A group of 21 people with covered faces threw Molotov cocktails Saturday at a synagogue in Gothenburg, the second-largest city in Sweden, local media reported. No one was hurt in the incident, but a small fire broke out in the synagogue's parking lot. "I saw a ball of fire," one eye witness recounted. Three people were arrested in conjunction with alleged involvement.
Gothenburg police spokesman Peter Nordengard said Sunday it is being investigated as an attempted arson. No injuries were reported.
Officials have increased security around the synagogue and at a Jewish center in capital of Stockholm.
Emergency services received the call at around 10 pm Saturday reporting burning objects being thrown at a synagogue in the city's center. "We arrived on the scene and put the fire out. A small fire broke out between cars parked in the synagogue's parking lot. We also found some combustible fluids around," said the city's fire station chief, adding they feared the flames would reach the Jewish center itself if they were not put out in time.
"The only thing we can say at the moment is that several incendiary objects were thrown at the synagogue. They objects were bottles filled with kerosene," said one of the cops on the scene.
According to a local paper, a group of Jewish youth movement members held an activity in the synagogue's complex at the time of the attack. The mother of one of the girls participating in the activity said, "She texted me, 'Mom, I'm scared' and told me 20 men with covered faces threw burning objects at the complex."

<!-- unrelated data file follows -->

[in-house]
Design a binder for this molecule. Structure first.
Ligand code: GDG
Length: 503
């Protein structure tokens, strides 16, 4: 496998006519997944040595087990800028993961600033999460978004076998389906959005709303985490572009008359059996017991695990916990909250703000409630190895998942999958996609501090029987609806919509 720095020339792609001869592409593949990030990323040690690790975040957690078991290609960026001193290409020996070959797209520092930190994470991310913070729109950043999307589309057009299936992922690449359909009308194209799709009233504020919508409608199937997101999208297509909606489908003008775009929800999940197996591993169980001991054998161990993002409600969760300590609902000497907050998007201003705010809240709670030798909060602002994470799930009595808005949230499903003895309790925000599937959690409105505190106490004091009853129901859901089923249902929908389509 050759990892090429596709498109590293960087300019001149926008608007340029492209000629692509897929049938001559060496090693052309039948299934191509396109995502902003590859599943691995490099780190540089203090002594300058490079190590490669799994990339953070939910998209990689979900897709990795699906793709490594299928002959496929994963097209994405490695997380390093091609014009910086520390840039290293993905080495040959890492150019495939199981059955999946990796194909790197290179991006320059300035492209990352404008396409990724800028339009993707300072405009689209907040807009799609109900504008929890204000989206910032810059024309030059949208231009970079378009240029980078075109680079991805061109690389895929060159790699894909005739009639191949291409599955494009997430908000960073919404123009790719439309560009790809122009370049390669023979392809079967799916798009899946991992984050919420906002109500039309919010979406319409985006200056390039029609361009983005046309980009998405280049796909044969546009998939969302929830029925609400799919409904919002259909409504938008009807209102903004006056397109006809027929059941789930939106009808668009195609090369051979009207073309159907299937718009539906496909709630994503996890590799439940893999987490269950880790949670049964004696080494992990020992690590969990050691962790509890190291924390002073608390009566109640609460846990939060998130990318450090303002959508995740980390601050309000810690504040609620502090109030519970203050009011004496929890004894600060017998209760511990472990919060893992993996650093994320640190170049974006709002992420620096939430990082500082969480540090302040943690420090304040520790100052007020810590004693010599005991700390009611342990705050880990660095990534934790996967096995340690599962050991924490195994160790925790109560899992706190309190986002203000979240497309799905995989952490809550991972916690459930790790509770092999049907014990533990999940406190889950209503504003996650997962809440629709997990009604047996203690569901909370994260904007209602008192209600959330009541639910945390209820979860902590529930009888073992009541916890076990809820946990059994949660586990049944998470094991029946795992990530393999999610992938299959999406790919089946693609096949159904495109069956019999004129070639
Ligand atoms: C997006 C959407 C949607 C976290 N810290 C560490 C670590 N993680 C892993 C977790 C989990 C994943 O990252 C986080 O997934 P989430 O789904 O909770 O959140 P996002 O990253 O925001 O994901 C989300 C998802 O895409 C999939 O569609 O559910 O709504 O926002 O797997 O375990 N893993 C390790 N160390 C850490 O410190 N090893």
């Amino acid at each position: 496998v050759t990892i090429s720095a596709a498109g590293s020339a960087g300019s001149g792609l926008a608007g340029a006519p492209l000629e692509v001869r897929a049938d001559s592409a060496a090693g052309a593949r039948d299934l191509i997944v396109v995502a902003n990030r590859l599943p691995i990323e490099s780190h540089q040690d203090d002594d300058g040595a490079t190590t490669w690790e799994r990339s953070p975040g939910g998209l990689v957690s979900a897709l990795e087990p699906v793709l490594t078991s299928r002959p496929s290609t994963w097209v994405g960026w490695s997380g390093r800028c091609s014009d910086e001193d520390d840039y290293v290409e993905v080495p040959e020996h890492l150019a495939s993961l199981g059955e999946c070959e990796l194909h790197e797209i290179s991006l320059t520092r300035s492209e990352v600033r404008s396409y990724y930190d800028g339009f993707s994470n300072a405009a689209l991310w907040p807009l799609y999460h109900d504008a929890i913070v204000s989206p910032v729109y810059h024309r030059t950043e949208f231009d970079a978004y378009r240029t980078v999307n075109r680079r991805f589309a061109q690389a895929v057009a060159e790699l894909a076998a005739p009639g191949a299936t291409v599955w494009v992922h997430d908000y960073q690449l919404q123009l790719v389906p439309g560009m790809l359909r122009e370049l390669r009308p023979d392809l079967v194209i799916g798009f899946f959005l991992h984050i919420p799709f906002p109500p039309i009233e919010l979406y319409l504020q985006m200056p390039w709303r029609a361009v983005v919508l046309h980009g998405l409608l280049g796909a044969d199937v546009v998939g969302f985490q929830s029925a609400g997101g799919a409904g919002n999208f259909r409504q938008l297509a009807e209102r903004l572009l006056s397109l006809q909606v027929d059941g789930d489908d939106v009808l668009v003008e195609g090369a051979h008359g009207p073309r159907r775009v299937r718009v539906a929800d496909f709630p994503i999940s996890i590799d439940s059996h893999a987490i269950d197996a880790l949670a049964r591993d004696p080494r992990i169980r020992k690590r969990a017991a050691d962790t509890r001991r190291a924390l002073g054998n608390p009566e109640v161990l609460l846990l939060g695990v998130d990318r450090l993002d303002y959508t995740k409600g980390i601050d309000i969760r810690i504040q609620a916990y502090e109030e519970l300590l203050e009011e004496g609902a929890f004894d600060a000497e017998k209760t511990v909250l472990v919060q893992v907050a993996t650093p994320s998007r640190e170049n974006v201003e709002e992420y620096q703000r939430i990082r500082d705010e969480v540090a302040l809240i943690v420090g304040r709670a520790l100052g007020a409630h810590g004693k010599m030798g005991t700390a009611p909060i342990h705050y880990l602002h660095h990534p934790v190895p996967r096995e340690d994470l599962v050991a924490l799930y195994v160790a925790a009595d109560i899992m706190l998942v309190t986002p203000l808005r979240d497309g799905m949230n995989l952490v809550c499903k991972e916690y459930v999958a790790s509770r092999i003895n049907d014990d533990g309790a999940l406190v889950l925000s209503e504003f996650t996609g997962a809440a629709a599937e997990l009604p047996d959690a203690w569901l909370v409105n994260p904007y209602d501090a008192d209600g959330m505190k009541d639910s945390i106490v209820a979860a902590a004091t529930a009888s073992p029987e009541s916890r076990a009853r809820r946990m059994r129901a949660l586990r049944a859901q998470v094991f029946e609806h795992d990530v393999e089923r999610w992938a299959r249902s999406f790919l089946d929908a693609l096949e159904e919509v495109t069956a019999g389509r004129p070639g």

The chairman of Gothenburg's Jewish community, who witnessed the event, recounted: "Dozens of men with masks began throwing burning objects at our courtyard."
Dvir Maoz, an emissary of the world Bnei Akiva movement to Gothenburg, said, "I popped in to say hello at a party (in the synagogue complex) and sat with one of the guards. As we were talking, I saw a ball of fire out of the corner of my eye. I jumped right into the guardroom and told him a Molotov cocktail was thrown. The children were really stressed out because it was the first time they experienced a terrorist attack so close by."
"Parents came around and took the children home. Some of them were really stressed, and one told me he felt unsafe. Another told me because he had a very recognizably Jewish name the Arabs in his school routinely swore at him, bullied him and spat on him. I still can't say we're feeling an increase in anti-Semitism in our daily lives," Maoz added.
Witness Allan Stutzinsky told the TT news agency he saw a dozen masked youths who threw objects into the garden surrounding the synagogue.
Saturday's attack came on the heels of a march Friday in which hundreds demonstrated in Malmö against American recognition of Jerusalem as Israel's capital. According to local media outlet, the protesters cried out: "We've declared an intifada in Malmö. We want our freedom back, and we will shoot Jews."
Last week, after President Donald Trump announced US recognition of Jerusalem as capital, a Muslim draped in a Palestinian flag arrived at the Israeli-owned Carmel restaurant in the Netherlands' capital of Amsterdam and broke its display window.
The perpetrator drew nearer to the restaurant while chanting "Allahu akbar" and swung a pole seconds later, which shattered the restaurant's front window, with a pair of local cops standing nearby without intervening.
The restaurant's owner, Sami Baron, told Ynet: "He was lucky I wasn't there at the time, and the flag had already been hung again."
The Associated Press contributed to this report.